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Nick Alico
Nick Alico

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Slot Composition in Lit - What it is and how it is used

Slotting, or slotted composition, is one of those technical concepts that can be very confusing to initially understand. Its modular rendering between elements can make it difficult for people new to Lit to see the changes they are making and how the updated content is actually rendered.

For this assignment, I have been working on re-engineering a modular card component:

Image of Visual Goal of Cards

In order to make the constuction of this component more modular, it was determined that breaking down the component into smaller elements would be a fantastic way to allow for the dynamic rendering of content, such as the type/theme of the card, header and subheader content, card body content, or any other media you may want to place in a card.

I think the official Lit documentation on slots is a great resource to check out, as I will be covering the content here as well.

At a simple level, you can think of slots somewhat like a modular container that you have complete structural control over. Slotting gives you the ability to pass dynamic content between different elements that you create, while supporting the ability to struture the rendered HTML and content however you see fit! This passage of content allows for abstraction of code in each element so that it is much easier to read and follow where content is being passed.

For example, take a look at the banner code which contains the icon and banner headings of the card:


<div id="bannerElement">
    <div  id="banner">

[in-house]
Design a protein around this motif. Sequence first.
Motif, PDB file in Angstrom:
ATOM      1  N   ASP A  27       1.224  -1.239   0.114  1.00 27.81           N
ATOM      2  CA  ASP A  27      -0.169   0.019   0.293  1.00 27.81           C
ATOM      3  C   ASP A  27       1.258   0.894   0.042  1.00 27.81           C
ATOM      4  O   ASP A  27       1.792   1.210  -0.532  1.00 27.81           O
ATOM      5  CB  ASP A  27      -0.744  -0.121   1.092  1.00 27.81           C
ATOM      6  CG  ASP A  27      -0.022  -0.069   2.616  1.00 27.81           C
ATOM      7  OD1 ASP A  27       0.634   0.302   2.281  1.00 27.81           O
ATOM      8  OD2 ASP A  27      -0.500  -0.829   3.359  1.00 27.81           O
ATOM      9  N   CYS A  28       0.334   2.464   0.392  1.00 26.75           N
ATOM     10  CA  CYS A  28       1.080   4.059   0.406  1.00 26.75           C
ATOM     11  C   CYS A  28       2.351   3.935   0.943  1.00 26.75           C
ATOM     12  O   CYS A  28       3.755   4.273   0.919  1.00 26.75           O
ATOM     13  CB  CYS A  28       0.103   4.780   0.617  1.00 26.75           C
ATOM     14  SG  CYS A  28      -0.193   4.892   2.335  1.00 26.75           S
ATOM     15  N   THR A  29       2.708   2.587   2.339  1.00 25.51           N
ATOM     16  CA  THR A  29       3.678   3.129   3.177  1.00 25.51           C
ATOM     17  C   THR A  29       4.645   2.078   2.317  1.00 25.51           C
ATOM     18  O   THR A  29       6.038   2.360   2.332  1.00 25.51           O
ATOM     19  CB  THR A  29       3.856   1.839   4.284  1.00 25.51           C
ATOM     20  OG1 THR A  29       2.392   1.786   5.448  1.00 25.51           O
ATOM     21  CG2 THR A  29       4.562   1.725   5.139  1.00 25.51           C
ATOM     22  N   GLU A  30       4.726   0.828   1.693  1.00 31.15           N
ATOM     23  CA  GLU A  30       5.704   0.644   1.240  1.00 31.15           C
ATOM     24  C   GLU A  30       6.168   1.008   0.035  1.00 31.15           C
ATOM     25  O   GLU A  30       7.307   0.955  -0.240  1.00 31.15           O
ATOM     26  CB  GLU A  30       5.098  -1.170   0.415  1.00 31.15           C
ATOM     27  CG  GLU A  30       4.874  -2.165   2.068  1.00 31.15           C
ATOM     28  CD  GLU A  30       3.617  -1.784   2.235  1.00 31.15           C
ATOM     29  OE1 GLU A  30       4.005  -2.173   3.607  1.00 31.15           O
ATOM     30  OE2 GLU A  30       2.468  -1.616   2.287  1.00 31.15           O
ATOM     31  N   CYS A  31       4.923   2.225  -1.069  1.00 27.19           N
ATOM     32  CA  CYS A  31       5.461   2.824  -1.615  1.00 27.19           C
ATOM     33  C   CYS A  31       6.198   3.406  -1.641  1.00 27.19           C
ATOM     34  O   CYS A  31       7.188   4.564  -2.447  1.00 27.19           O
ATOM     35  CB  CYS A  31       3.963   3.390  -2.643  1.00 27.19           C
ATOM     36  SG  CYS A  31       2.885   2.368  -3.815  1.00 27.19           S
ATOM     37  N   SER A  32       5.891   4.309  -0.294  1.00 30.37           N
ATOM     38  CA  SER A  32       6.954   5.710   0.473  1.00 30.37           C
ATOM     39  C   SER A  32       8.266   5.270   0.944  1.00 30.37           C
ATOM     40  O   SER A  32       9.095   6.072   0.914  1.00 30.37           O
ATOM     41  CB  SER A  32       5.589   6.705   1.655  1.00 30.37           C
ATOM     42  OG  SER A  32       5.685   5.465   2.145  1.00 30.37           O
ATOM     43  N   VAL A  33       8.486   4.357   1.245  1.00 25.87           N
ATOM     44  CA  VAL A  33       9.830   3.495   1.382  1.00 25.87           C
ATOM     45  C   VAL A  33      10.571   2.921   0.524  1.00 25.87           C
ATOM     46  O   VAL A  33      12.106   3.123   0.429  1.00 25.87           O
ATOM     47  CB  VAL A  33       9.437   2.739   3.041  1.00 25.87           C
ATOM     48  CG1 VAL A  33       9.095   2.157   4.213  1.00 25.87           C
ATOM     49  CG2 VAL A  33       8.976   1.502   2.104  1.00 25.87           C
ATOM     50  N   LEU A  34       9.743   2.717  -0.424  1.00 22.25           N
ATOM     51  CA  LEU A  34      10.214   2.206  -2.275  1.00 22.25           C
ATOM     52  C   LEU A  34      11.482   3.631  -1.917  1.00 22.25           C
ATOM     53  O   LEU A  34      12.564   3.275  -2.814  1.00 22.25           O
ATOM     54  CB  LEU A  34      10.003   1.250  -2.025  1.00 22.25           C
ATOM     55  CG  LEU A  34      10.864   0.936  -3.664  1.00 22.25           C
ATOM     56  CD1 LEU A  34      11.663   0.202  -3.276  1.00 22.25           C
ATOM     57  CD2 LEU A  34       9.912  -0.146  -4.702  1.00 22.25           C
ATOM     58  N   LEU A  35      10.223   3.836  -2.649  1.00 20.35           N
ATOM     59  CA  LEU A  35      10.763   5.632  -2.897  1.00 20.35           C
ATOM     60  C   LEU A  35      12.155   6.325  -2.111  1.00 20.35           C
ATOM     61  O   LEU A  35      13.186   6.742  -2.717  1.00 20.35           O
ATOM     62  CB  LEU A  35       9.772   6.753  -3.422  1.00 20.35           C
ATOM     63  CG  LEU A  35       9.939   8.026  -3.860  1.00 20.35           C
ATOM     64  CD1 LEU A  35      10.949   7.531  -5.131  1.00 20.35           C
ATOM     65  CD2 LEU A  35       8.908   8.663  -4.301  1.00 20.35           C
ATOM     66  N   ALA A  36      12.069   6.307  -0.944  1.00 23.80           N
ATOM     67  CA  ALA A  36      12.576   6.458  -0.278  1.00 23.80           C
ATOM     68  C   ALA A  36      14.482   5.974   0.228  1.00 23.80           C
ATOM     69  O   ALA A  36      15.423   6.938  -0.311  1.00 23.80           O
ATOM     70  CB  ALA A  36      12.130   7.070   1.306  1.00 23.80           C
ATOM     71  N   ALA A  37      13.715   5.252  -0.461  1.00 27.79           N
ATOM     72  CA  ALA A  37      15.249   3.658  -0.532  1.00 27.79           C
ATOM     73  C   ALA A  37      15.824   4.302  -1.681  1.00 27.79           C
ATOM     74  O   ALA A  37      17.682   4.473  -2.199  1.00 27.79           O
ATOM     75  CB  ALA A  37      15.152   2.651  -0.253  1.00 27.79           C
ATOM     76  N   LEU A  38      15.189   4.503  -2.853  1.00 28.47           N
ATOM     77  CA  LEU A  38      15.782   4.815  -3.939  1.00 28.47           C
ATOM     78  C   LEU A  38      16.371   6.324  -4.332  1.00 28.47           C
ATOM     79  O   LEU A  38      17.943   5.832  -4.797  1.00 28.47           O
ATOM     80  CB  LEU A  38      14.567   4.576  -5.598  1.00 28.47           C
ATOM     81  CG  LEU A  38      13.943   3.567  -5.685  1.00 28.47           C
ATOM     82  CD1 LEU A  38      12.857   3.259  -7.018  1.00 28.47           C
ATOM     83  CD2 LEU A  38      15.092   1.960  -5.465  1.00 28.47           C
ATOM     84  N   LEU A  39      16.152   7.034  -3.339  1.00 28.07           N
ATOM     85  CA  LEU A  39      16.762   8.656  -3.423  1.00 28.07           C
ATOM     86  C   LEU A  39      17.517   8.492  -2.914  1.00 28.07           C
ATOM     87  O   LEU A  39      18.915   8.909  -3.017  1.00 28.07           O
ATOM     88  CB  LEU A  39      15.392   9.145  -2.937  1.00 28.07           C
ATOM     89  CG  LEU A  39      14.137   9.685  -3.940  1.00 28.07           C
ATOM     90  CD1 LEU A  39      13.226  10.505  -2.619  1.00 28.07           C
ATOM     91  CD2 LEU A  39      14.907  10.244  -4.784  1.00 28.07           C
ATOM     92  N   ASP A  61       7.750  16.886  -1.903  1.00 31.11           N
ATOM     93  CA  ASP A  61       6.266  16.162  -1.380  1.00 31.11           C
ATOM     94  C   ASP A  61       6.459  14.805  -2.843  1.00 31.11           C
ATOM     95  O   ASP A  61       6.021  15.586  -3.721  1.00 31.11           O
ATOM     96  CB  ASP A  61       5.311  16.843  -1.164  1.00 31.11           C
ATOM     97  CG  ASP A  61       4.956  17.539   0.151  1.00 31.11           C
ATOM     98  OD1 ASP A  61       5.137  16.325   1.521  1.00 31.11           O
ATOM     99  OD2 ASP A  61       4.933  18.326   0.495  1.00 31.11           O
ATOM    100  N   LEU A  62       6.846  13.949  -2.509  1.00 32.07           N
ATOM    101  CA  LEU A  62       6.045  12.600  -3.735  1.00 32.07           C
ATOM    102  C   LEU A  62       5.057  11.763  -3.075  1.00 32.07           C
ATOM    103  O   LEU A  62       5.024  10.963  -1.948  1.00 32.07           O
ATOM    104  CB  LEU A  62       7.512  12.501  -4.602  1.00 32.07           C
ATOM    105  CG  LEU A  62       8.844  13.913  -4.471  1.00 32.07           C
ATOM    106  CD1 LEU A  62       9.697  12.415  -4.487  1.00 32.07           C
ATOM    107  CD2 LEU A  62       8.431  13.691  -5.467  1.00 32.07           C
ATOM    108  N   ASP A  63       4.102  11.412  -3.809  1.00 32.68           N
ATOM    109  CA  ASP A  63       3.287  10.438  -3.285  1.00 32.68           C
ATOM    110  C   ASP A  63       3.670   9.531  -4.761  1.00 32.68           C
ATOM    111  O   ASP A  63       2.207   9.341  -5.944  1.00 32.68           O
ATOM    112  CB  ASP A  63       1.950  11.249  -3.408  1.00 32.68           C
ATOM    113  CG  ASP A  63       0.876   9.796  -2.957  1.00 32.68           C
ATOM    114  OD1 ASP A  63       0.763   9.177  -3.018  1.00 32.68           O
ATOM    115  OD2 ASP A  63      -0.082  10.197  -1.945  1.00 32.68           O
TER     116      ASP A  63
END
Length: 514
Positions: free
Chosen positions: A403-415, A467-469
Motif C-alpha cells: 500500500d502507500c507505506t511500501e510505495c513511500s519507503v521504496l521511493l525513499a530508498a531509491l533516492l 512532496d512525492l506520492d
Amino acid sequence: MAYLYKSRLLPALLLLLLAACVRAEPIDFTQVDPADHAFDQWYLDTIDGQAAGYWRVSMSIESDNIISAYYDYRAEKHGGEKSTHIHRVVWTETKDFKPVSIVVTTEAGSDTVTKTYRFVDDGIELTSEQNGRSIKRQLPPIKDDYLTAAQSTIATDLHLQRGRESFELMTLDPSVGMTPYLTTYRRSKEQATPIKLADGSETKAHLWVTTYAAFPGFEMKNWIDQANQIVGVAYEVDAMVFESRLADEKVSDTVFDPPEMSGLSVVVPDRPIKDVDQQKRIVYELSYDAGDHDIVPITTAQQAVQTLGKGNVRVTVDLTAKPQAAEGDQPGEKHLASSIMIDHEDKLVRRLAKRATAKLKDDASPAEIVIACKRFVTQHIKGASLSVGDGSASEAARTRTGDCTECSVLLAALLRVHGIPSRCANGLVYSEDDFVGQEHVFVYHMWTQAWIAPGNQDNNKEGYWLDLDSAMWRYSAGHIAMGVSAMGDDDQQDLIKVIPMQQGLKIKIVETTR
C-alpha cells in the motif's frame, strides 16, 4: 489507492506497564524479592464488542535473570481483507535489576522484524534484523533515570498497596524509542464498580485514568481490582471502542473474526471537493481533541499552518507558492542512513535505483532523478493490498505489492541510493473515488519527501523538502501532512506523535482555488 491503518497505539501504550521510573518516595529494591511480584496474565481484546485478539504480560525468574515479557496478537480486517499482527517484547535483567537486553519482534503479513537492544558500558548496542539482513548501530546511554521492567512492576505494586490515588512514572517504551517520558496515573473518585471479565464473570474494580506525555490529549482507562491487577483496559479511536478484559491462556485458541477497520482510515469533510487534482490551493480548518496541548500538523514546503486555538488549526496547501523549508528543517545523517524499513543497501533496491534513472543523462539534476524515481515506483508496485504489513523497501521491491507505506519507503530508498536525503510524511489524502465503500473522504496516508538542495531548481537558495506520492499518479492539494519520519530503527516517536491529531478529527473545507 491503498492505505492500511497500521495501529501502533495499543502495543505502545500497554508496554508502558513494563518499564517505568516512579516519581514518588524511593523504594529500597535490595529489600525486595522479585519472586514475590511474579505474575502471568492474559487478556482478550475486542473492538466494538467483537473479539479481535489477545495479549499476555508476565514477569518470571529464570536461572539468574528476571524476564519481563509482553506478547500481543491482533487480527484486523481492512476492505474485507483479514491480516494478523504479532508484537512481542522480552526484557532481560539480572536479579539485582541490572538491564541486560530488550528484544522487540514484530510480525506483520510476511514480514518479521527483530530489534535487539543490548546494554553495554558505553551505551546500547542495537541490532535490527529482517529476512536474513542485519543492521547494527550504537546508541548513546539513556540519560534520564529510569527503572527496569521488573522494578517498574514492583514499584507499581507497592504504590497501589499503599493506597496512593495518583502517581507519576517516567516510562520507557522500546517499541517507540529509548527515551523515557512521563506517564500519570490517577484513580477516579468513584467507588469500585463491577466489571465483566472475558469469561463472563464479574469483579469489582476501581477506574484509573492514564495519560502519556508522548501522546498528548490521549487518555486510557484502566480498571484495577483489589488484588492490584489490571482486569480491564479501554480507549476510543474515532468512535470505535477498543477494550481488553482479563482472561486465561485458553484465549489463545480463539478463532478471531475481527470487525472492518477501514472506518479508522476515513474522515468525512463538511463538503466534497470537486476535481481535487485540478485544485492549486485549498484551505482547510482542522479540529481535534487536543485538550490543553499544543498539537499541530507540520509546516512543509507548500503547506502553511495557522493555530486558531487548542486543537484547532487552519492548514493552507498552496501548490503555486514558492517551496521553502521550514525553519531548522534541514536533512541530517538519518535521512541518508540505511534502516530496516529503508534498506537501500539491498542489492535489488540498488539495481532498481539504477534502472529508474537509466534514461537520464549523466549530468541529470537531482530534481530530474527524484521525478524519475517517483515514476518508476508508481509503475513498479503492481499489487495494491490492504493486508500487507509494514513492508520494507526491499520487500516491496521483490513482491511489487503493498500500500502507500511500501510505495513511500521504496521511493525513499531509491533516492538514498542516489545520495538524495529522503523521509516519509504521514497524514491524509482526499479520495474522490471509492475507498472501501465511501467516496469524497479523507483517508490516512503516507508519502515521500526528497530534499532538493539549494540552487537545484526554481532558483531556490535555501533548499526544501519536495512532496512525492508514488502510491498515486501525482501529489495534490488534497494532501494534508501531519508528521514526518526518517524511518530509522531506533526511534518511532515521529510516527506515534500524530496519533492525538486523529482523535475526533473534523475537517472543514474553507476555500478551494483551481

<div  id="headers">
            <slot  id="main-header"  name="main-header"></slot>
            <slot  id="sub-header"  name="sub-header"></slot>
<script  type="module">
    import './src/app.js';
    import './src/SciCardIcon.js';
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Here, we are defining two slots using the <slot> tag. This example performs slotting using named slots. The custom name use choose will be used as the name that you will use where you want to actually render these headings on the card. If we migrate over to our Card.js file, we will see a <div slot="main-header"> which you should recognize when it was defined from the above <slot name="main-header">.


    <sci-card-banner  my-icon="${this.myIcon}"  type="${this.type}">
        <div  slot="main-header">
            <slot  name="mainheader">${this.mainheader}</slot>
        <div  slot="sub-header">
            <slot  name="subheader">${this.subheader}</slot>
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The <div slot=""> is the keyword reference used to tell Lit how we want to structure the rendering and where we want the "main-header" and "sub-header" text to render relative to the icon in the banner. The astute eye will notice that Card.js is using yet another slot tag within the already defined structure of slot=main-header like we discussed. ${this.mainheader} references the actual text we want to render, but Card.js isn't the highest element in our scaffolding that we are rendering. We now see <slot name="mainheader"> encapsulating that header text. One level outside of that, we see the entire outer DIV is labeled as <div data-layout-slotname="header">. Let's go look at the outermost layer of our element tree: CardFrame.js.


    <sci-card  type="${this.type}">
        <div  slot="header"></div>
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Here, you can see that in a very clean and modular manner, we are simply specifying that inside our sci-card (Card.js) element, we want to have everything that's rendered inside it to be from the slot with name="header", which directly references the outer DIV in Card.js. Therefore, we can now see that the entire HTML of that specific card banner will be rendered within the <sci-card> tag. This is great for readability, and makes it clear to developers that all they have to do is find where a slot with name="header" is defined in order to see the next layer of slotted content

Please take a look at the official documentation for an even simpler example of using slots.

I hope you learned something useful from this escapade into slots!

Check out the project if you are interested!

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